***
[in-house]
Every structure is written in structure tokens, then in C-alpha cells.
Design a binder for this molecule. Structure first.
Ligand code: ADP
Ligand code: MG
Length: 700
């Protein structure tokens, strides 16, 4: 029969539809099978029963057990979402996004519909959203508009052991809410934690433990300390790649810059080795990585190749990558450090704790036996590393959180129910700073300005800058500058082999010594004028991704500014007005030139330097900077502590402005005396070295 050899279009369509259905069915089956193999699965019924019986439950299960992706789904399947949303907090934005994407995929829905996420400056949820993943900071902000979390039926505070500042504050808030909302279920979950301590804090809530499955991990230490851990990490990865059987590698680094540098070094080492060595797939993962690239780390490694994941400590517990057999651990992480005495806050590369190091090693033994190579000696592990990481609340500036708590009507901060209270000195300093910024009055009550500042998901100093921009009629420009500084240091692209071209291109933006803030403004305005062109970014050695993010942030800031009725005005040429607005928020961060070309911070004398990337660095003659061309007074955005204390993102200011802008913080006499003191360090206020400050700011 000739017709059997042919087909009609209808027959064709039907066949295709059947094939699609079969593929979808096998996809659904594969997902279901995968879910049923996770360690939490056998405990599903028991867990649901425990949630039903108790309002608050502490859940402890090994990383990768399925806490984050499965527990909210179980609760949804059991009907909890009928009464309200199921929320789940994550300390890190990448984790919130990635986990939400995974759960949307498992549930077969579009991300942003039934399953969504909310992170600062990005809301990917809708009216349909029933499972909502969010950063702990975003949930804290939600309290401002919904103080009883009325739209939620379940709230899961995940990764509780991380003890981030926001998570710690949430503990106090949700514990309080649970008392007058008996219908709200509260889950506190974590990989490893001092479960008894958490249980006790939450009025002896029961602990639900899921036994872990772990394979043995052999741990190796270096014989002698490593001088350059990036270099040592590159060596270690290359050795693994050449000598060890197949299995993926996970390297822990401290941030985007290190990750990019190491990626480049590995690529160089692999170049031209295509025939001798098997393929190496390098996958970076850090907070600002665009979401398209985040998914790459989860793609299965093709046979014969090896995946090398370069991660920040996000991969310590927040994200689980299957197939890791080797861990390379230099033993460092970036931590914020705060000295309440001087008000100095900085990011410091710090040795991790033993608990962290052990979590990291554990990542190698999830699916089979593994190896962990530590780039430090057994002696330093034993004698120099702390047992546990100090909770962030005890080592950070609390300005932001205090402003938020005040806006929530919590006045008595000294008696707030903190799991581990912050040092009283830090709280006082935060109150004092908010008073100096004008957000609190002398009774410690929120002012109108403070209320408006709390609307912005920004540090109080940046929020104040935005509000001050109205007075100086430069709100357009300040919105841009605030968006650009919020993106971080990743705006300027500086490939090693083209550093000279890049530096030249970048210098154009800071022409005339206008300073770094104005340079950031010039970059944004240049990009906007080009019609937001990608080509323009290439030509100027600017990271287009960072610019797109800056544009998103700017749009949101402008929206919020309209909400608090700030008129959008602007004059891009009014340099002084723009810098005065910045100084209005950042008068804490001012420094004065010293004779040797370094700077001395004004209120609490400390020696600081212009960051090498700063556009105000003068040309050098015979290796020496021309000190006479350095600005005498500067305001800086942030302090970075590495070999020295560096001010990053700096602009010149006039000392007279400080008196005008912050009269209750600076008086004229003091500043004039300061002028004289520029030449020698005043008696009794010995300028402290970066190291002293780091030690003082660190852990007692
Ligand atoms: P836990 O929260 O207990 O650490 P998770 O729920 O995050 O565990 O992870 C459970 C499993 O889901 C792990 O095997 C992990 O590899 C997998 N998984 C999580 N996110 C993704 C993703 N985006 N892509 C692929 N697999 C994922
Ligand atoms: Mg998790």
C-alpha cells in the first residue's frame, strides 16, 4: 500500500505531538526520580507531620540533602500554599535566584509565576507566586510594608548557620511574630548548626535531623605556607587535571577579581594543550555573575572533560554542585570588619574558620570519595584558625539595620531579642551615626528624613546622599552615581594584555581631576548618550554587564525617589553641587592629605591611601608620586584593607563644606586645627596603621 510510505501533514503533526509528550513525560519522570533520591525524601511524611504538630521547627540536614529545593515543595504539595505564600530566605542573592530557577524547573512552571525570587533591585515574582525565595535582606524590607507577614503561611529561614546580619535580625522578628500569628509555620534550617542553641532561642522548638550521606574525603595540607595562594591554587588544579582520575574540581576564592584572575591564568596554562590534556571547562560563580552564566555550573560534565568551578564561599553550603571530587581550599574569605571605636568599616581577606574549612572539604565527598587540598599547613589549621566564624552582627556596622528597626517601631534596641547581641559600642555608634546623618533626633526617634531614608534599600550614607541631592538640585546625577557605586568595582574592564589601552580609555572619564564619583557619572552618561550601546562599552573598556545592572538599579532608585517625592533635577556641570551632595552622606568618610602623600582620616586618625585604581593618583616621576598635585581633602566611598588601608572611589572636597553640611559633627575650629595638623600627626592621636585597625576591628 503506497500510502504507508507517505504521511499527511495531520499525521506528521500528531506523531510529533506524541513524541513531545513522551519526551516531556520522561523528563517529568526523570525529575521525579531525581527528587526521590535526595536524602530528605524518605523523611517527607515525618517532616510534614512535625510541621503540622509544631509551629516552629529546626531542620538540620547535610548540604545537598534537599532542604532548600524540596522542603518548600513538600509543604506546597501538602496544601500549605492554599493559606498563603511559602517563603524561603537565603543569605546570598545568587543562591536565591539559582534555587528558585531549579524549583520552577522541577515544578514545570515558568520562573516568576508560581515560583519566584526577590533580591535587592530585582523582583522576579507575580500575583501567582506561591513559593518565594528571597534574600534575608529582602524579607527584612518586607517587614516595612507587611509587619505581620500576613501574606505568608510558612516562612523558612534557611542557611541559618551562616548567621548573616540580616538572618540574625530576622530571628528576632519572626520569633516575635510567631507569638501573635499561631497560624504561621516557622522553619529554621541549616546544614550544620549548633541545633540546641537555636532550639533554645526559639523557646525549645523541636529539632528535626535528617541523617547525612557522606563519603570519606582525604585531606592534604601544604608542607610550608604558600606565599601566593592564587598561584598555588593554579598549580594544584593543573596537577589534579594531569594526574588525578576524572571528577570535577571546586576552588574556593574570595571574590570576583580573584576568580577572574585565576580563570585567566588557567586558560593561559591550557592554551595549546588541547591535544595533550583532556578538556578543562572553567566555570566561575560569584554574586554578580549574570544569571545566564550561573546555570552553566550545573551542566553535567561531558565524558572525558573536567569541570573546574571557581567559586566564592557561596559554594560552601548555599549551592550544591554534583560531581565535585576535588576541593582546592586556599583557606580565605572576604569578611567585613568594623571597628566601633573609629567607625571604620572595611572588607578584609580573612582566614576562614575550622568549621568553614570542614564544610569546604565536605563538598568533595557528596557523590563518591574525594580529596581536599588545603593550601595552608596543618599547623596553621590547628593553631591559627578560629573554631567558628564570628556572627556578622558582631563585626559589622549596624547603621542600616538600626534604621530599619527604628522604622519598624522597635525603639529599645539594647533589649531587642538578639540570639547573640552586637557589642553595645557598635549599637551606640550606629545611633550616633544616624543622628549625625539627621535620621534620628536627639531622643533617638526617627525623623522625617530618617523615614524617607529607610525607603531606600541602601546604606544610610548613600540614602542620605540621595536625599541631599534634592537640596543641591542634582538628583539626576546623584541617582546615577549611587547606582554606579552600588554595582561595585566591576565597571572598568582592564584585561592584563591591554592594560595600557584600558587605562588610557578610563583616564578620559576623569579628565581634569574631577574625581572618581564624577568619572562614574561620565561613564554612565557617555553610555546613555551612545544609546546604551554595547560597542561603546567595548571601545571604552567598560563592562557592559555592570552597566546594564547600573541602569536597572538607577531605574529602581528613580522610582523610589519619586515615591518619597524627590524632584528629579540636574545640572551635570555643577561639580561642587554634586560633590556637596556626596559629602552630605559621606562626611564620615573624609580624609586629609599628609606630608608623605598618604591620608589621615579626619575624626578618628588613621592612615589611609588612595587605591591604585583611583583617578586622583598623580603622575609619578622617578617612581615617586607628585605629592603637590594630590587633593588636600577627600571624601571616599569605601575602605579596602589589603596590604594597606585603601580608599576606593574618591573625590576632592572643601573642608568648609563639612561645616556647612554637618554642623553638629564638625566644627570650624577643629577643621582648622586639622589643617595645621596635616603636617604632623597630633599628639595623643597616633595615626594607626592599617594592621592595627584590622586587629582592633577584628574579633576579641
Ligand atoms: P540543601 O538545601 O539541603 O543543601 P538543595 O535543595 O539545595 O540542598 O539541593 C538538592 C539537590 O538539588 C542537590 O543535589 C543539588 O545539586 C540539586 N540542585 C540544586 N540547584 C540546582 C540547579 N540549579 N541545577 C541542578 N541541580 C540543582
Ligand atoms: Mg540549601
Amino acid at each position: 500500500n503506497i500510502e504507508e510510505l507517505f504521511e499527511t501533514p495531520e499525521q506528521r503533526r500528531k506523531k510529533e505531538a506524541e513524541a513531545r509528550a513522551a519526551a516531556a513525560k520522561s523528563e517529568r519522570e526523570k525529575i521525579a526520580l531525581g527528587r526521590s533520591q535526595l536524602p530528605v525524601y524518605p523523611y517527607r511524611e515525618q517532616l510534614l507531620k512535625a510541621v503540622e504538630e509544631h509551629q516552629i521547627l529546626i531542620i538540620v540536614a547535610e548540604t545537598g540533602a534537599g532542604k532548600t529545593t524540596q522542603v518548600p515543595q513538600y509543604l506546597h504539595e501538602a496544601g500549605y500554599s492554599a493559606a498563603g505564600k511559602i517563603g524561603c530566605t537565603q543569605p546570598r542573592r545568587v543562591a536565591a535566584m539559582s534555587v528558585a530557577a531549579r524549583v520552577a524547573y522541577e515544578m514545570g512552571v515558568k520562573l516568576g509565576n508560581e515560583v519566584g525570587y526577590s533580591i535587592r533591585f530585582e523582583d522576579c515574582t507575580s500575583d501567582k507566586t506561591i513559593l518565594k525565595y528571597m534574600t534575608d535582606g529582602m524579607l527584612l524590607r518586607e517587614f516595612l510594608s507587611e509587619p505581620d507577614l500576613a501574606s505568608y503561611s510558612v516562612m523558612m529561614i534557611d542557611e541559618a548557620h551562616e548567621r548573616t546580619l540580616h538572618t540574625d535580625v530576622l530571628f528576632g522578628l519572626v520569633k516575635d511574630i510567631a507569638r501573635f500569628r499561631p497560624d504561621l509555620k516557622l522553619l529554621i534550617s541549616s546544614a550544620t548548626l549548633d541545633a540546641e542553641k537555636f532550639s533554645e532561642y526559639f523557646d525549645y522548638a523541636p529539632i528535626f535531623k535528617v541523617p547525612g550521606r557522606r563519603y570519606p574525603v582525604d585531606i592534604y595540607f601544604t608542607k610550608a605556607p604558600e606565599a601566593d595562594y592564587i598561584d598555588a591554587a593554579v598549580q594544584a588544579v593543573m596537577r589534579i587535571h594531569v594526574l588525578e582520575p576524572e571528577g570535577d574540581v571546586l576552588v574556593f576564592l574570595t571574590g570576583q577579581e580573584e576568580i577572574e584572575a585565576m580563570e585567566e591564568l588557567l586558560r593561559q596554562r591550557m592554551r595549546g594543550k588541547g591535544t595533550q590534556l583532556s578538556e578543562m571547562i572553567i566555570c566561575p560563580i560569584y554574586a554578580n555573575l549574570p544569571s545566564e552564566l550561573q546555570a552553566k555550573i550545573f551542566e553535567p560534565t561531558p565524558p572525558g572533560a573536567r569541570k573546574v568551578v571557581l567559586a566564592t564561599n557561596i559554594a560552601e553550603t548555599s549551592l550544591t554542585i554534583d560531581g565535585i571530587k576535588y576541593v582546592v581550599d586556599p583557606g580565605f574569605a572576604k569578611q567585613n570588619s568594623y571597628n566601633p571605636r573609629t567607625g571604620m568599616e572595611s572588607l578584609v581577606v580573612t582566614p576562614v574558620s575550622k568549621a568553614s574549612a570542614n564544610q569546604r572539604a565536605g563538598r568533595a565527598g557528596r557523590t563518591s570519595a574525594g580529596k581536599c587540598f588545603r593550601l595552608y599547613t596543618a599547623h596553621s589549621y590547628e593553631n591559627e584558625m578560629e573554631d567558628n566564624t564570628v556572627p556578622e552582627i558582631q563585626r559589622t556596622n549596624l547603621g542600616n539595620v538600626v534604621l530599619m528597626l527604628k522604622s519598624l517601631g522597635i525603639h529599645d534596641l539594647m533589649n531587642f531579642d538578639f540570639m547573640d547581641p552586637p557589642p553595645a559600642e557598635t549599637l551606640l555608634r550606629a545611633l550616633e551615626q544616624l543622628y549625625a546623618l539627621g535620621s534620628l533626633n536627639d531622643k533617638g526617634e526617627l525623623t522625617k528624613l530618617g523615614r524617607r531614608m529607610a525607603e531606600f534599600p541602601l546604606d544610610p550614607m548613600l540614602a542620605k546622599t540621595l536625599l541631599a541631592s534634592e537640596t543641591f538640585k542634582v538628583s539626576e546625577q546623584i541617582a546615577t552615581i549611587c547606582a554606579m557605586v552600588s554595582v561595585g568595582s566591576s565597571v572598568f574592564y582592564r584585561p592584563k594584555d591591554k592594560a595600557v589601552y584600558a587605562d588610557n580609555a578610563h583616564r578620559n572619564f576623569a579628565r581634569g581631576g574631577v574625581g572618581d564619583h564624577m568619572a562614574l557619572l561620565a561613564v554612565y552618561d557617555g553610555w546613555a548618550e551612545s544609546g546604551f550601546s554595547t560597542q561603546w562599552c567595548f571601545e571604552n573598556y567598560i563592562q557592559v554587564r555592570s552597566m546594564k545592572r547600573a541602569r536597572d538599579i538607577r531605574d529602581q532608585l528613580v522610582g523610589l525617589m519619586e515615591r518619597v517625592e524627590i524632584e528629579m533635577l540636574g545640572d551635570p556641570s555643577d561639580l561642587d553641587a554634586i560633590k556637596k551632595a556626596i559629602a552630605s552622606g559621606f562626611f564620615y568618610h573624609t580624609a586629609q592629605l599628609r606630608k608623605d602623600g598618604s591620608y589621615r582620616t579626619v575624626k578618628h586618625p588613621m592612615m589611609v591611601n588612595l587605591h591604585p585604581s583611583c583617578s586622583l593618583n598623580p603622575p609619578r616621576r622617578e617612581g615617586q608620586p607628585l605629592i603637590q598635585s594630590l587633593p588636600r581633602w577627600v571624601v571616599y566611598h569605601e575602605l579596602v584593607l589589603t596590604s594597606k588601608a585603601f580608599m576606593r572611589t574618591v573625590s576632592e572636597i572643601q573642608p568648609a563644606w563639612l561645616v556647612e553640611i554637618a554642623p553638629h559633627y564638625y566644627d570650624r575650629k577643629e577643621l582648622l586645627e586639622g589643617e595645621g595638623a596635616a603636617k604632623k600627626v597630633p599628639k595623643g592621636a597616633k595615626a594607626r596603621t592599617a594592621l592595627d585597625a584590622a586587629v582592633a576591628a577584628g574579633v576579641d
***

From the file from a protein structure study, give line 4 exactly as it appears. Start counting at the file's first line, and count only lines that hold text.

Ligand code: ADP